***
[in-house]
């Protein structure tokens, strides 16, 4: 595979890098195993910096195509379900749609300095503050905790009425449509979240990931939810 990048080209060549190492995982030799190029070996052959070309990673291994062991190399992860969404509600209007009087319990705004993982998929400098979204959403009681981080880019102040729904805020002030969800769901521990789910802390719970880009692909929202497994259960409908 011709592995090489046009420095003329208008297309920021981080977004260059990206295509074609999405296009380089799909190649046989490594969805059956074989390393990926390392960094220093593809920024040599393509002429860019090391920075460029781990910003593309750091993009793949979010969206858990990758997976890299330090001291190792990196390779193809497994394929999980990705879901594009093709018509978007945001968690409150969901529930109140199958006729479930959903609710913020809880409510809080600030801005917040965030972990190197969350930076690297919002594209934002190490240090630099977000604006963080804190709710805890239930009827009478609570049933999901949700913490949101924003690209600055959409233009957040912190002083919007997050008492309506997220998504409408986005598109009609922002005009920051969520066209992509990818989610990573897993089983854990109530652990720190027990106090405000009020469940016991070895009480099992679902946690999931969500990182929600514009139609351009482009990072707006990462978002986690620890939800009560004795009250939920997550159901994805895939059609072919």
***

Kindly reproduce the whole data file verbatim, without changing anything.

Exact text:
[in-house]
């Protein structure tokens, strides 16, 4: 595979890098195993910096195509379900749609300095503050905790009425449509979240990931939810 990048080209060549190492995982030799190029070996052959070309990673291994062991190399992860969404509600209007009087319990705004993982998929400098979204959403009681981080880019102040729904805020002030969800769901521990789910802390719970880009692909929202497994259960409908 011709592995090489046009420095003329208008297309920021981080977004260059990206295509074609999405296009380089799909190649046989490594969805059956074989390393990926390392960094220093593809920024040599393509002429860019090391920075460029781990910003593309750091993009793949979010969206858990990758997976890299330090001291190792990196390779193809497994394929999980990705879901594009093709018509978007945001968690409150969901529930109140199958006729479930959903609710913020809880409510809080600030801005917040965030972990190197969350930076690297919002594209934002190490240090630099977000604006963080804190709710805890239930009827009478609570049933999901949700913490949101924003690209600055959409233009957040912190002083919007997050008492309506997220998504409408986005598109009609922002005009920051969520066209992509990818989610990573897993089983854990109530652990720190027990106090405000009020469940016991070895009480099992679902946690999931969500990182929600514009139609351009482009990072707006990462978002986690620890939800009560004795009250939920997550159901994805895939059609072919």